IIHS Selects First Minivan as “Top Safety Pick Plus”

Detroit News

For the first time, the Insur­ance Insti­tute for High­way Safe­ty test­ed a mini­van in its search for the “Top Safe­ty Pick Plus” and the mini­van won top pick.

Find out which mini­van passed all five crash eval­u­a­tions with high hon­ors.

The 2014 Hon­da Odyssey on Thurs­day was award­ed the Insur­ance Insti­tute for High­way Safe­ty ‘s top award — the “Top Safe­ty Pick Plus” the first mini­van to win the award.

It passed all five IIHS crash eval­u­a­tions, includ­ing the new chal­leng­ing small over­lap front test. It also passed crash tests cov­er­ing mod­er­ate over­lap front, small over­lap front, side, rollover and rear impacts.

The 2014 Odyssey is the first mini­van IIHS has test­ed. The insur­ance indus­try fund­ed group prods automak­ers to build safer cars. IIHS rat­ings are used by many poten­tial car buy­ers and automak­ers often adver­tise high test scores.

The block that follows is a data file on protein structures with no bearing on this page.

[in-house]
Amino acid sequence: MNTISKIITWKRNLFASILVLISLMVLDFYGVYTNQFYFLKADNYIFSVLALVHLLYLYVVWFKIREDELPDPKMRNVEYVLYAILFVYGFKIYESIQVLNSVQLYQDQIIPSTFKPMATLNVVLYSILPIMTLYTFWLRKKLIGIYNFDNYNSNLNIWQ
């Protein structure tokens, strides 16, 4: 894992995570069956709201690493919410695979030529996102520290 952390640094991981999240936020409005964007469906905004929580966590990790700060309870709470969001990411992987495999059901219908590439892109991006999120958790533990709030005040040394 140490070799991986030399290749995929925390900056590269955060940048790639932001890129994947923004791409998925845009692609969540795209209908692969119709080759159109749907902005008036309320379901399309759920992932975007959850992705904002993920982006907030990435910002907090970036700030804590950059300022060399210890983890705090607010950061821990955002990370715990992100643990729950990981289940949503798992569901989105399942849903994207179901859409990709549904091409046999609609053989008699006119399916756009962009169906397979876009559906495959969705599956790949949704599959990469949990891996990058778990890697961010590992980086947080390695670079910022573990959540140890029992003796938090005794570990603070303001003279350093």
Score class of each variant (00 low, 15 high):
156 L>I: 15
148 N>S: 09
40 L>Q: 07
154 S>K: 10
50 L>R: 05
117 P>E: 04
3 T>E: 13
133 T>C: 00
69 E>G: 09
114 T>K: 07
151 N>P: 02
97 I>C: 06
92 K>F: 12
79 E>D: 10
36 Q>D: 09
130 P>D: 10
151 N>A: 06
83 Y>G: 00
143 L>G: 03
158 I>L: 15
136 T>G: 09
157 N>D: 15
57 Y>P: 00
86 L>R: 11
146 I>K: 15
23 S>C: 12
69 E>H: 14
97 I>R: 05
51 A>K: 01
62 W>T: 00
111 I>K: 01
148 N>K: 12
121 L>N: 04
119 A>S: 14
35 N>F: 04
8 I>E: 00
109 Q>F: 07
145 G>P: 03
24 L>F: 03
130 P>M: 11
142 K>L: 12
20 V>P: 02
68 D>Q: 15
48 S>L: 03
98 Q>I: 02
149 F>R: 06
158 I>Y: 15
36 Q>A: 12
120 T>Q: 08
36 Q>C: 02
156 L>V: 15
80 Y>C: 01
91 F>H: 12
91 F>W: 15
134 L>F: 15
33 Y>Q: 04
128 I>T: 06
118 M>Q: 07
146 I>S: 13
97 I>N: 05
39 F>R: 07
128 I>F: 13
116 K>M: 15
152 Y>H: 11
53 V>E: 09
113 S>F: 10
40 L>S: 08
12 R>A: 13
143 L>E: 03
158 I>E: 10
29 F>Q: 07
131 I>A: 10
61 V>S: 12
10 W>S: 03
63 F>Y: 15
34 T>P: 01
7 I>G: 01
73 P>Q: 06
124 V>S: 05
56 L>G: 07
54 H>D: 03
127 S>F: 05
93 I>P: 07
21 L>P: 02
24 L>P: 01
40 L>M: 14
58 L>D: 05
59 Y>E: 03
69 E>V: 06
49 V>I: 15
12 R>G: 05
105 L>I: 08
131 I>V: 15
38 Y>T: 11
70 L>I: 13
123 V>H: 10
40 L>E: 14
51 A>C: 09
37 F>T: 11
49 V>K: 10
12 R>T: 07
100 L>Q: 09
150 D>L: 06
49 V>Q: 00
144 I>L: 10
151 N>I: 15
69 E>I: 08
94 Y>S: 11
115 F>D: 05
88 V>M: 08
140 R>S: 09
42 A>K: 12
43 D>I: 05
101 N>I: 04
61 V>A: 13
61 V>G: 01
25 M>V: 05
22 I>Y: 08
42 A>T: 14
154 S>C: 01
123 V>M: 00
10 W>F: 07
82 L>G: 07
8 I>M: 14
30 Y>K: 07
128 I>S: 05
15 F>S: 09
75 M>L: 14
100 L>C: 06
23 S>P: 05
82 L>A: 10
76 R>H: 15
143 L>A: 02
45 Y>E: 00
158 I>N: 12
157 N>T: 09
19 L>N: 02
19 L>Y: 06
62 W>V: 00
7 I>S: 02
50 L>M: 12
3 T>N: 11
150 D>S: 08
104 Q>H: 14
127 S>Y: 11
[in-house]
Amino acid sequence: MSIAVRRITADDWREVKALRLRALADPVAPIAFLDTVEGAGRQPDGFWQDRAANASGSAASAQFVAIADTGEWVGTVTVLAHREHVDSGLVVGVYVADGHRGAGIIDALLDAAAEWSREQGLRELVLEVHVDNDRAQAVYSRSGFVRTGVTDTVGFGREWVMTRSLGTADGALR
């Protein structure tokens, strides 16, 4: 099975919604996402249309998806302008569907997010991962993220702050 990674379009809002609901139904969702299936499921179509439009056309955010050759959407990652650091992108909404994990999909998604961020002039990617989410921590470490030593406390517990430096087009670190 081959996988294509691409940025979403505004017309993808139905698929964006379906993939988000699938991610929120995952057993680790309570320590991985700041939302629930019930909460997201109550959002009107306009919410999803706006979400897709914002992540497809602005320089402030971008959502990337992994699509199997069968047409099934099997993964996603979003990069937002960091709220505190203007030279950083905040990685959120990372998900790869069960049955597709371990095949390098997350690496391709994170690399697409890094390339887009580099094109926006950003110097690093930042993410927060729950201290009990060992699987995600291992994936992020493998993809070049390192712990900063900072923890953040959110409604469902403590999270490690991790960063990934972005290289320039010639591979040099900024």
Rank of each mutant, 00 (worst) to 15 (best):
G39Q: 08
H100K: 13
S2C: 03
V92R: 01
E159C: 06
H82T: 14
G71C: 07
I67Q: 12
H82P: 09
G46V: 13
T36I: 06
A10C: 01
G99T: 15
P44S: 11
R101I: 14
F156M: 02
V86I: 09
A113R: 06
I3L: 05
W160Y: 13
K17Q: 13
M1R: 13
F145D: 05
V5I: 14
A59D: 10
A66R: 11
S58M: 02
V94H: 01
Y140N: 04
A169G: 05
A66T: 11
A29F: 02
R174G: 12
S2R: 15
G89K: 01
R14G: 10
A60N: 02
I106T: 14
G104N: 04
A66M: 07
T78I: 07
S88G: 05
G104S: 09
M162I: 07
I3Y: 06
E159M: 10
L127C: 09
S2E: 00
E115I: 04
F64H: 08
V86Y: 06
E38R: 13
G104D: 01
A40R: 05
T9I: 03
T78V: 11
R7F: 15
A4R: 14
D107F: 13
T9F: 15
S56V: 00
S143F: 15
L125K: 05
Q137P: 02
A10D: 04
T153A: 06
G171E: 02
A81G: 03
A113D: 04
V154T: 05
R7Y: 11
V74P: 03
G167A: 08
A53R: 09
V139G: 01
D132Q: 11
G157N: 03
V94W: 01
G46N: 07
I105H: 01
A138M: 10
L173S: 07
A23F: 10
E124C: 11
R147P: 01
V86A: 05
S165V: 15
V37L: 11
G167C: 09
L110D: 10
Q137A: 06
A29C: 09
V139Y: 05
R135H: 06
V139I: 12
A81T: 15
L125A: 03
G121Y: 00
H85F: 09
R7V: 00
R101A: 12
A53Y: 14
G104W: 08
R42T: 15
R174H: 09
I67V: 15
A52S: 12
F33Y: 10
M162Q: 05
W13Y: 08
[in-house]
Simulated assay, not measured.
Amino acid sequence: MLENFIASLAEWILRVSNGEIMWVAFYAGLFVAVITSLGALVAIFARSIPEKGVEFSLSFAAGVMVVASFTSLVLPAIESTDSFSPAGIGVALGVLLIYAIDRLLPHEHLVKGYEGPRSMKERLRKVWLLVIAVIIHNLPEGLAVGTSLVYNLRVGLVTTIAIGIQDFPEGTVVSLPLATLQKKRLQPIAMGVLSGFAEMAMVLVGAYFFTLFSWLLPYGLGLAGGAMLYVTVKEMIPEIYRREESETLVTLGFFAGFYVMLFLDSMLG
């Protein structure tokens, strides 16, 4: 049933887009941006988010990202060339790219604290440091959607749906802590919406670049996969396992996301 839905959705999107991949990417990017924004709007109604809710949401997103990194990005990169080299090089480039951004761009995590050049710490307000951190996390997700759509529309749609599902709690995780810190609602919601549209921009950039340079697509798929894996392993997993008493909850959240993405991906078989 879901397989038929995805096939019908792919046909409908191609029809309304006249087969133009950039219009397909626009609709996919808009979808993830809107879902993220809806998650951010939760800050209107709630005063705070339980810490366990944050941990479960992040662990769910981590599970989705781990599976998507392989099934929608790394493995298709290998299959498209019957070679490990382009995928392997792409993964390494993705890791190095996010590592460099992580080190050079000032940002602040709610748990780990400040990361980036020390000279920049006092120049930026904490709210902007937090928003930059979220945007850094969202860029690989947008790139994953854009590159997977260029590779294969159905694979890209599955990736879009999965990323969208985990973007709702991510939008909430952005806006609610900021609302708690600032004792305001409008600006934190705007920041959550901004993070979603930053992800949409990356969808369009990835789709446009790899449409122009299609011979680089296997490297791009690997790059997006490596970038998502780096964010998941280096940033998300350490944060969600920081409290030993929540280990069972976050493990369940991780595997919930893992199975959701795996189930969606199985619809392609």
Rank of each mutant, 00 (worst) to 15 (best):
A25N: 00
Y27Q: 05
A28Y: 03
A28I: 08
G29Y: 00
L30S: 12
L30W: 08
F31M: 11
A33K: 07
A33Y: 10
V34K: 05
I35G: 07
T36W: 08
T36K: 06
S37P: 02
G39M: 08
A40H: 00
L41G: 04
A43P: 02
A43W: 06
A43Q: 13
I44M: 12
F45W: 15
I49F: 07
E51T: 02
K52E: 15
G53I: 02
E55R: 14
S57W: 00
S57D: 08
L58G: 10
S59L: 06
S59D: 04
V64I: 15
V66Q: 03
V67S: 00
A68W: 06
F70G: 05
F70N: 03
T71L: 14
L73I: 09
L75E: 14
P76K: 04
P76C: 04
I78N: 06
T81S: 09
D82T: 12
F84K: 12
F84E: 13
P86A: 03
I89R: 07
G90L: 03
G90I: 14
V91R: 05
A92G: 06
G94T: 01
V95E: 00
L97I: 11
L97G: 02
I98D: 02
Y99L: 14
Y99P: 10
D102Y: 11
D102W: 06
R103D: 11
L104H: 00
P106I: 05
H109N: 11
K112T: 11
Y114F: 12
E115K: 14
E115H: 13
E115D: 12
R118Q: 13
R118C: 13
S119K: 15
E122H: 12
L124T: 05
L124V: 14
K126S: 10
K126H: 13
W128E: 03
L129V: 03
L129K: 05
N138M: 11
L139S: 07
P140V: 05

Hon­da asked IIHS to test the Odyssey to high­light struc­tur­al changes the automak­er made to improve occu­pant pro­tec­tion in a small over­lap front crash. When IIHS con­ducts a test at a manufacturer’s request, the automak­er reim­burs­es IIHS for the cost of the vehi­cle.

Hon­da intro­duced the upgrad­ed Odyssey as a 2014 mod­el. While Hon­da didn’t make major styling changes, the new mod­el has advanced high-strength steel in the front door frames, floor pan and front wheel wells cre­at­ing a more rigid occu­pant com­part­ment. The side cur­tain airbags extend far­ther for­ward to offer com­pre­hen­sive head pro­tec­tion in both a side crash and a small over­lap front crash.

“Safe­ty is high on the list for par­ents when it comes to shop­ping for a fam­i­ly vehi­cle,” said IIHS Pres­i­dent Adri­an Lund. “Con­sumers look for mod­els with the high­est safe­ty rat­ings. Hon­da is ahead of many of its com­peti­tors in build­ing state-of-the-art crash-wor­thi­ness into its vehi­cles.”

Hon­da attrib­ut­es refine­ments and the use of stronger mate­ri­als in its advanced com­pat­i­bil­i­ty engi­neer­ing body struc­ture to absorb­ing crash ener­gy and keep­ing the cab­in intact to pre­vent injuries to vehi­cle occu­pants, said Chuck Thomas, chief engi­neer of auto­mo­tive safe­ty for Honda’s research and devel­op­ment arm for the Amer­i­c­as.

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